By Tim on Friday, July 25, 2003 - 06:34 pm: Edit Post

The mix of training depended on the particular school and the proximity of a tournament. Most schools will begin class with conditioning exercises, followed by forms and then techniques/sparring. Closer to competition time there is less time spent of forms and more on conditioning and sparring.

   By european (Unregistered Guest) on Monday, July 28, 2003 - 05:21 am: Edit Post


after seeking for it in the database and not finding, I would like to ask you here your personal complete training (weekly) schedule. Is it possible? I'm very interested and it could teach me a lot.

   By Tim on Monday, July 28, 2003 - 03:27 pm: Edit Post

Sure, my training varies a little week to week, but it is usually like this:

I grapple in my teachers Brazilian Jiu Jitsu academy three or four times a week, and teach classes there as well when he's away. I spend an hour or two just about every day on basics and conditioning exercises (body weight calisthenics, ground exercises, footwork, bag work etc). I spend about eight or ten hours a week sparring with my students and friends. And I teach about 25 to 30 hours a week.

   By Mingmen on Monday, July 28, 2003 - 06:03 pm: Edit Post

Should I/we assume whatever formwork you still do is during your teaching time?

   By Tim on Tuesday, July 29, 2003 - 01:05 pm: Edit Post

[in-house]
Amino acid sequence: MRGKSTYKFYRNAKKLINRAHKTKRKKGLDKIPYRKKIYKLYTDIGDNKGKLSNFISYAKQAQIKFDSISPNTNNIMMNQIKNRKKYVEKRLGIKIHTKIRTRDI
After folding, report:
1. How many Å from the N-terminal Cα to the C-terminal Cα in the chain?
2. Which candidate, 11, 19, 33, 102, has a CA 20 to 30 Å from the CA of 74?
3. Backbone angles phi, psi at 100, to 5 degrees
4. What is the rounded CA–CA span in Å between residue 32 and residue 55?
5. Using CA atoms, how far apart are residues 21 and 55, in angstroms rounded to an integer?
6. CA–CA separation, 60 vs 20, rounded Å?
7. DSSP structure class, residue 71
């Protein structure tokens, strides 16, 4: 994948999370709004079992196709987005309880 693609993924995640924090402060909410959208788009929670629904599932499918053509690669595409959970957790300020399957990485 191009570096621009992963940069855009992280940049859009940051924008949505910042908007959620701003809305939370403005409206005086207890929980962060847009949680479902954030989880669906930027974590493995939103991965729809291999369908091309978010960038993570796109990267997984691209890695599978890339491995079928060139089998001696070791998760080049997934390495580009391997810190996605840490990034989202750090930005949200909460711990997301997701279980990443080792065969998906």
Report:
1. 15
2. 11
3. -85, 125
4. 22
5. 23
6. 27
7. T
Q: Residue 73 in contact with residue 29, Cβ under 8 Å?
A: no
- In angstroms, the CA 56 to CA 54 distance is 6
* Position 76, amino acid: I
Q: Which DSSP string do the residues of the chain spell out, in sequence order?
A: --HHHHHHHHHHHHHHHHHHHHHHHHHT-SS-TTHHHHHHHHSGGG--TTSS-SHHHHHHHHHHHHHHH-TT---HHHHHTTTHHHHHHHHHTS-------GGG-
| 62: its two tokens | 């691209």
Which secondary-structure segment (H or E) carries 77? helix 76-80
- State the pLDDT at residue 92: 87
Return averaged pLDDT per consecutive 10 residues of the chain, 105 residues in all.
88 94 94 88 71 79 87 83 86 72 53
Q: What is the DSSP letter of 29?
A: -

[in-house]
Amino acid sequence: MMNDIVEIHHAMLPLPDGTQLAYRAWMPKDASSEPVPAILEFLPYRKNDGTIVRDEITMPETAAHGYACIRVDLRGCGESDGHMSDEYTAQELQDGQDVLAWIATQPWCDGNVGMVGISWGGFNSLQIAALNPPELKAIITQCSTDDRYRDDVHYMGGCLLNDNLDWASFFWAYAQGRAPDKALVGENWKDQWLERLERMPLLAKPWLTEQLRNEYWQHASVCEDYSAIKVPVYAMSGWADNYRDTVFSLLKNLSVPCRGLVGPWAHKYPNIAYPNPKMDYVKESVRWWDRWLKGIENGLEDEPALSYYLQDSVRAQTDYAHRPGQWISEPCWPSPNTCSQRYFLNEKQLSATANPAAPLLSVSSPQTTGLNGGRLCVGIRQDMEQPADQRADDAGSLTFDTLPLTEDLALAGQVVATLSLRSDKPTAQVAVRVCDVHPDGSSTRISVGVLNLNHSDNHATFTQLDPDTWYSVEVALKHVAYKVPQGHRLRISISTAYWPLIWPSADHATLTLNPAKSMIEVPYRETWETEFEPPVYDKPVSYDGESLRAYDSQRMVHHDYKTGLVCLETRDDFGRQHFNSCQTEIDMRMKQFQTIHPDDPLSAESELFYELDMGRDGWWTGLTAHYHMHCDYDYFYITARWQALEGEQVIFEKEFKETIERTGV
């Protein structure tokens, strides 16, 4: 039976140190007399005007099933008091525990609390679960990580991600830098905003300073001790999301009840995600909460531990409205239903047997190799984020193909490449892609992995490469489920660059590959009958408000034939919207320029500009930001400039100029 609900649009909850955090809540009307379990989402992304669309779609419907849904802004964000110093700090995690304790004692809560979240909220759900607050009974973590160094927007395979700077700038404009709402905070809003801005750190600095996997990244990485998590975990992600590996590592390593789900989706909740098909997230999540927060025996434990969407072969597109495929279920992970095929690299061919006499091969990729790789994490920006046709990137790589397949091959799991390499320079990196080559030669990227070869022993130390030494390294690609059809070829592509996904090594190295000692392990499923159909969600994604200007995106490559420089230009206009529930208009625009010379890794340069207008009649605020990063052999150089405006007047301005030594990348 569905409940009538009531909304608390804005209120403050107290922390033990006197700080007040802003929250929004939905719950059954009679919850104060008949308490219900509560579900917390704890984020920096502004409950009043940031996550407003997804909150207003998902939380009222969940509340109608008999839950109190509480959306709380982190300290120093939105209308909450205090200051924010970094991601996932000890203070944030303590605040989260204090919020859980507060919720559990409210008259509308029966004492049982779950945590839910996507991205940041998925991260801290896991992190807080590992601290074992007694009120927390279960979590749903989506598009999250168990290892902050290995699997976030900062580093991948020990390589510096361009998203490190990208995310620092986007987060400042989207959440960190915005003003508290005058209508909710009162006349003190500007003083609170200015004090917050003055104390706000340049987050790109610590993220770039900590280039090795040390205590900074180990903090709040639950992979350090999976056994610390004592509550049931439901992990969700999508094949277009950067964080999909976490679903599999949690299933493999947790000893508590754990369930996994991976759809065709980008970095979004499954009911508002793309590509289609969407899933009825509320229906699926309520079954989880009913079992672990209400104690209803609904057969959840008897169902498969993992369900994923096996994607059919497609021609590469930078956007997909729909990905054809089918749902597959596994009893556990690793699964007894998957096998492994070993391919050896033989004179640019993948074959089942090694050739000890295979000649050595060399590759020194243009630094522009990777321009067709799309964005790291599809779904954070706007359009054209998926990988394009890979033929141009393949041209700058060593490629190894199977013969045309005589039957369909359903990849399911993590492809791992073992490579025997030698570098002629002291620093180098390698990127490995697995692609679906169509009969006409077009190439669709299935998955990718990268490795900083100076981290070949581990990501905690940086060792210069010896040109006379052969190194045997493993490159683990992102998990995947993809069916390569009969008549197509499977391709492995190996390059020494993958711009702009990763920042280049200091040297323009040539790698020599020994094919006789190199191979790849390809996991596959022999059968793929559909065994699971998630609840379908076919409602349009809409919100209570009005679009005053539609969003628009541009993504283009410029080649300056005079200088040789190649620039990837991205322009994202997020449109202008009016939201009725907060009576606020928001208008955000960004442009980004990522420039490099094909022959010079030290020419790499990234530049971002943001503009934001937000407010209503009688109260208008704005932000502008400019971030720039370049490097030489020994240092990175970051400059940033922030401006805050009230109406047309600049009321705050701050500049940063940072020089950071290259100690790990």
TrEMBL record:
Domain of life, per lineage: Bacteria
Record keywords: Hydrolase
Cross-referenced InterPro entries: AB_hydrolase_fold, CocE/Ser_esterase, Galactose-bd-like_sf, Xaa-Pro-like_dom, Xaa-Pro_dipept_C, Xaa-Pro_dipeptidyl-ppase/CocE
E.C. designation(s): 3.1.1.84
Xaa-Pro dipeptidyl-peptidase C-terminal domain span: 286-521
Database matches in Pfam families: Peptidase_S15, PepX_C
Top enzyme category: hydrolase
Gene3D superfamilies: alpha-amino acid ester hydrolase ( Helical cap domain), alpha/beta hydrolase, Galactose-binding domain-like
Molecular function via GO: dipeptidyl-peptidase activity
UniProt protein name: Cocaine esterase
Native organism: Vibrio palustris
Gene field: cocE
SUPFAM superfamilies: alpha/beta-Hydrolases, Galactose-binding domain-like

Right, I do forms with my classes, and some during my private training.

   By SBonzak (Unregistered Guest) on Tuesday, July 29, 2003 - 06:52 pm: Edit Post

And Tim, are we also to suppose that you do standing/circle walking practice as part of your basic conditioning exercises?


   By Tim on Wednesday, July 30, 2003 - 11:03 am: Edit Post

I practice some standing regularly. I walk the circle in class with my students.

   By european (Unregistered Guest) on Thursday, July 31, 2003 - 09:17 am: Edit Post


thanks for your time: you're a very busy man indeed!

I'd have few more questions.

Do you use or suggest any weights/machines training?

Do you practice weapons?

Do you utilize Furey's royal court( which I got to know via ShenWu)?

Do you practice any chikung/breathing patterns away from forms? In case, which ones?

Do you regularly practice integral sparring, grappling+strikes? And how?

Do you personally believe in touch-sensitivity exercises (chisao, tweisho etc.)?

Can you explain me the practical use of circling?


   By Tim on Thursday, July 31, 2003 - 01:51 pm: Edit Post

Although I don't lift weights, lifting is obviously a superior method of getting stronger. I prefer body weight exercises and exercises with a partner because I feel these types of exercises are better at developing functional strength (and the attendant attributes) for the martial arts I practice. Whatever the method of training, stronger is always better than weaker.